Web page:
close up

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close up

vb (adverb)
1. to shut entirely
2. (intr) to draw together: the ranks closed up.
3. (Medicine) (intr) (of wounds) to heal completely
Collins English Dictionary – Complete and Unabridged, 12th Edition 2014 © HarperCollins Publishers 1991, 1994, 1998, 2000, 2003, 2006, 2007, 2009, 2011, 2014
ThesaurusAntonymsRelated WordsSynonymsLegend:
Verb1.close up - cease to operate or cause to cease operating; "The owners decided to move and to close the factory"; "My business closes every night at 8 P.M."; "close up the shop"
adjourn, retire, withdraw - break from a meeting or gathering; "We adjourned for lunch"; "The men retired to the library"
2.close up - block passage throughclose up - block passage through; "obstruct the path"
block off, blockade - obstruct access to
barricado, barricade - block off with barricades
barricade - prevent access to by barricading; "The street where the President lives is always barricaded"
asphyxiate, suffocate, stifle, choke - impair the respiration of or obstruct the air passage of; "The foul air was slowly suffocating the children"
tie up - restrain from moving or operating normally; "Traffic is tied up for miles around the bridge where the accident occurred"
dam, dam up - obstruct with, or as if with, a dam; "dam the gorges of the Yangtse River"
block out, screen - prevent from entering; "block out the strong sunlight"
earth up, land up - block with earth, as after a landslide
barricade, block, block up, blockade, block off, bar, stop - render unsuitable for passage; "block the way"; "barricade the streets"; "stop the busy road"
clog, clog up, congest, choke off, foul, back up, choke - become or cause to become obstructed; "The leaves clog our drains in the Fall"; "The water pipe is backed up"
hinder, impede - be a hindrance or obstacle to; "She is impeding the progress of our project"
3.close up - unite or bring into contact or bring together the edges of; "close the circuit"; "close a wound"; "close a book"; "close up an umbrella"
bring together, join - cause to become joined or linked; "join these two parts so that they fit together"
4.close up - refuse to talk or stop talkingclose up - refuse to talk or stop talking; fall silent; "The children shut up when their father approached"
open up - talk freely and without inhibition
Adv.1.close up - very closeclose up - very close; "without my reading glasses I can hardly see things close up"; "even firing at close range he missed"
Based on WordNet 3.0, Farlex clipart collection. © 2003-2012 Princeton University, Farlex Inc.
يُغْلِق، يَسُديُقْفِل أبوابه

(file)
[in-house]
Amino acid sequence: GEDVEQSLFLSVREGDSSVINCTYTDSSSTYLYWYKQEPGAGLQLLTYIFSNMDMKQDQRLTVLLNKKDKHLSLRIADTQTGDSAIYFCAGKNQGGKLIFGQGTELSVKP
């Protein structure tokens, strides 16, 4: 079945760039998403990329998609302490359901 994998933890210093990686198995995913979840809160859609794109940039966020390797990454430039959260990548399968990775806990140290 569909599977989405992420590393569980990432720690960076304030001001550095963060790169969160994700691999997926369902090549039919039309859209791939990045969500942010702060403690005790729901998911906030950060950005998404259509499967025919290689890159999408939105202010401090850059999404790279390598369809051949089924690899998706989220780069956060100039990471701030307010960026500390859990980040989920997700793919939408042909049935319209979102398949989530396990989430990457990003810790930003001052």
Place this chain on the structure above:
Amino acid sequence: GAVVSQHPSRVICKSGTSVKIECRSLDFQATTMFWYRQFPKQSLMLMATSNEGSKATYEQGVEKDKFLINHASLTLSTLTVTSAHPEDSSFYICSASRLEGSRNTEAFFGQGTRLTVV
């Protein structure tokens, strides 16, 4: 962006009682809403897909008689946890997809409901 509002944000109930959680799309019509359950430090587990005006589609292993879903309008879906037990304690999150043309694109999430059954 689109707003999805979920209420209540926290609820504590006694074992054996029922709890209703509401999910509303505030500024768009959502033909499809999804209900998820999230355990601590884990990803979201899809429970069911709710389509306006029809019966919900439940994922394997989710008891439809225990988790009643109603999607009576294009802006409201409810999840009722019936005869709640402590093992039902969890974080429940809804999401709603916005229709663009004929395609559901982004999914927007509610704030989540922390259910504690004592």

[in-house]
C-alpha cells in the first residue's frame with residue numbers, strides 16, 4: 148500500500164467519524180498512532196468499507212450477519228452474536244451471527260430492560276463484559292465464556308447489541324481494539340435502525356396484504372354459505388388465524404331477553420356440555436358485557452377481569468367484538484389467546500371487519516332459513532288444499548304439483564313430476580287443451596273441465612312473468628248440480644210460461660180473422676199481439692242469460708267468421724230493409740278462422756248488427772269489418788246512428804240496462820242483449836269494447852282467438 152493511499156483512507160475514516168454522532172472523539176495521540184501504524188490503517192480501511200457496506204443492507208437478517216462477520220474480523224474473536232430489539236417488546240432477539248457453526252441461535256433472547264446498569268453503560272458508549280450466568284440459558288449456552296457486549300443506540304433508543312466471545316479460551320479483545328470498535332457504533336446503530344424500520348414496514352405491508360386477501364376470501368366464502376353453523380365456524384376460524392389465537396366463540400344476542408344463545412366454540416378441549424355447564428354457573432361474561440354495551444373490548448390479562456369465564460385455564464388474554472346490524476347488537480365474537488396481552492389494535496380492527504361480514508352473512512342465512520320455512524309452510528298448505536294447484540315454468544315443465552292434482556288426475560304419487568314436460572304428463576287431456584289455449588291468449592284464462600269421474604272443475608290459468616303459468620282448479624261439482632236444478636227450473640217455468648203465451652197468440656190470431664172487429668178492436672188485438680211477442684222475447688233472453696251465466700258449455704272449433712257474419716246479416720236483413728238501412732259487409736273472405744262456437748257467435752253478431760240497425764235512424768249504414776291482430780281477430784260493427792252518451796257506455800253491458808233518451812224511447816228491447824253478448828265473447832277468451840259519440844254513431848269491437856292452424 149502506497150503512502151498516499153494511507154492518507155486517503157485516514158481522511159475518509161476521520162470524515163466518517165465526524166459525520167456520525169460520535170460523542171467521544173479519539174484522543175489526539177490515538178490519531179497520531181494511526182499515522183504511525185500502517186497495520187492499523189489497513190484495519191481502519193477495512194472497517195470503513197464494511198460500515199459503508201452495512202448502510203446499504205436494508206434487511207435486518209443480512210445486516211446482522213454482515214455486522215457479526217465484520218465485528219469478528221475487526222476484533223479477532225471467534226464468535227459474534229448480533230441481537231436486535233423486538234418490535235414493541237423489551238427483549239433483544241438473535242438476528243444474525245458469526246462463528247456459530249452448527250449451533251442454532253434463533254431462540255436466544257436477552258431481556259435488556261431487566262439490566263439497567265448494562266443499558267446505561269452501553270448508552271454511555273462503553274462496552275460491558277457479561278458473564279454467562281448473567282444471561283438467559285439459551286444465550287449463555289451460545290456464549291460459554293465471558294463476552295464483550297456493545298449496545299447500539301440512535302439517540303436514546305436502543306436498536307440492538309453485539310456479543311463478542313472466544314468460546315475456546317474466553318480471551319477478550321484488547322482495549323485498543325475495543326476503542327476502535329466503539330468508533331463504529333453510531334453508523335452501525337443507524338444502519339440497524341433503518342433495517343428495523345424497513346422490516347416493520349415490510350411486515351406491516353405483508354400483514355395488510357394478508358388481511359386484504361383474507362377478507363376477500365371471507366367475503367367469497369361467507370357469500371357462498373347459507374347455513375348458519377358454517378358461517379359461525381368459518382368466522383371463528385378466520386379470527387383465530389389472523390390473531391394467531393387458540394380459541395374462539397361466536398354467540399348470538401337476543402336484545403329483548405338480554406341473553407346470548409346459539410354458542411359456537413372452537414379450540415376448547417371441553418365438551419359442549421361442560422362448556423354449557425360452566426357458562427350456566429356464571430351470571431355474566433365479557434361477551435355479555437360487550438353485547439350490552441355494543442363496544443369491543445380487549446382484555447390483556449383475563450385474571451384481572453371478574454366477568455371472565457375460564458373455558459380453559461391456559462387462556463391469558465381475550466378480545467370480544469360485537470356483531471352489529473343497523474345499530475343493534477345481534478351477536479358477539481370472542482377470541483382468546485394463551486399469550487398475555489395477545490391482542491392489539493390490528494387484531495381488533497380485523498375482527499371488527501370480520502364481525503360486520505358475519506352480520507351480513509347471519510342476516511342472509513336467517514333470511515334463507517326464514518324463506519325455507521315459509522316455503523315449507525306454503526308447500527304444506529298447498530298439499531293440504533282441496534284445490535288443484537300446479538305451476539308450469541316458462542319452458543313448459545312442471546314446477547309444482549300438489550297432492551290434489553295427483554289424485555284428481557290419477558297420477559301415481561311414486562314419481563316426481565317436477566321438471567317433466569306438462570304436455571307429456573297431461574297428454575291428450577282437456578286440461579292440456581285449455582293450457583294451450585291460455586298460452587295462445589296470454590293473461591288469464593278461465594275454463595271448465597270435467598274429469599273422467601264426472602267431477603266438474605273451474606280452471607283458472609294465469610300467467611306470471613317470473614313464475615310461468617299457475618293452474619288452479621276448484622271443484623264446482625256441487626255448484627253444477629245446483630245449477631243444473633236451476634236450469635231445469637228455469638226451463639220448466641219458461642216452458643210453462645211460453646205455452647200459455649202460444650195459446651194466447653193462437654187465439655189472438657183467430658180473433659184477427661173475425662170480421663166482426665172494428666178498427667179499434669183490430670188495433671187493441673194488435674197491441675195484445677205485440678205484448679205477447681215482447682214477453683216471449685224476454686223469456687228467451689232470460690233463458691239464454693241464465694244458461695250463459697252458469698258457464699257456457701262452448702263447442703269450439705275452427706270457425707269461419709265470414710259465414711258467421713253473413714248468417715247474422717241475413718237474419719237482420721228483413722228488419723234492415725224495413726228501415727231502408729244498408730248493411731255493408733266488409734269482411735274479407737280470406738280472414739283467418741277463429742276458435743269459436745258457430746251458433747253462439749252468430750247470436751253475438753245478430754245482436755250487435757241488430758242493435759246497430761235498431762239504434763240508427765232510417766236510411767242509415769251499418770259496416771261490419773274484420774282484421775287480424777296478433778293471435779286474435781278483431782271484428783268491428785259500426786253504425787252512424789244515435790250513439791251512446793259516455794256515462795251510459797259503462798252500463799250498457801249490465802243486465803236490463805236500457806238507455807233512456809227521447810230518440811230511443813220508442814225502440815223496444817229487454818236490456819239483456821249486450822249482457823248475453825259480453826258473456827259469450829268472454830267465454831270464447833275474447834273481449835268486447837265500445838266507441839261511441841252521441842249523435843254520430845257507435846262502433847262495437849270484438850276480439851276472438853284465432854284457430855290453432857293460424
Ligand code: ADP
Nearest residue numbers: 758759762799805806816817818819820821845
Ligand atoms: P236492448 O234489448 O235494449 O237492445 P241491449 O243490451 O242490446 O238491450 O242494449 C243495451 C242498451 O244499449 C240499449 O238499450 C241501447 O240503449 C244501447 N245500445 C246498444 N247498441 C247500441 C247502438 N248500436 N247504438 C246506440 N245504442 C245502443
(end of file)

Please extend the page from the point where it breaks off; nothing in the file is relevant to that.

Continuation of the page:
lukke af
ganga frá og loka/læsanálgast; færa òéttar saman
kapanmakkapatmakyaklaş mak

w>close up

(line of people)aufschließen, zusammenrücken; (Mil) → aufschließen; (wound)(sich) schließen
(= lock up)ab- or zuschließen, ab- or zusperren
vt sep
house, shopzumachen; house alsoverschließen; shop alsoab- or zuschließen, ab- or zusperren
(= block up)zumachen
Collins German Dictionary – Complete and Unabridged 7th Edition 2005. © William Collins Sons & Co. Ltd. 1980 © HarperCollins Publishers 1991, 1997, 1999, 2004, 2005, 2007


(kləuz) verb
1. to make or become shut, often by bringing together two parts so as to cover an opening. The baby closed his eyes; Close the door; The shops close on Sundays.
2. to finish; to come or bring to an end. The meeting closed with everyone in agreement.
3. to complete or settle (a business deal).
a stop, end or finish. the close of day; towards the close of the nineteenth century.
close down
1. (of a business) to close permanently. High levels of taxation have caused many firms to close down.
2. (of a TV or radio station etc) to stop broadcasting for the day (noun ˈclosedown).
close up
1. to come or bring closer together. He closed up the space between the lines of print.
2. to shut completely. He closed up the house when he went on holiday.
Kernerman English Multilingual Dictionary © 2006-2013 K Dictionaries Ltd.
References in periodicals archive ?
Add to this image descriptive headlines and text and changing inset graphics that can provide close ups of the section of campus where the building is located, along with pictures of the destination, and it's clear just how effective digital signage can be.
And this week, at Teesside University, there was the official launch of The Close Ups, invented by 43-year-old Carl Green, from Eaglescliffe, who is definitely old enough to have Sugar Sugar on the brain and clearly fancies a shot at being a Kirshner for the 21st Century.
From Samsung, the camera bit takes up to 100 pictures and comes with a 4-power zoom lens for close ups. The SCH-X590 is just launching in Korea on the 3G network over there, and should arrive here when our phone networks get their next generation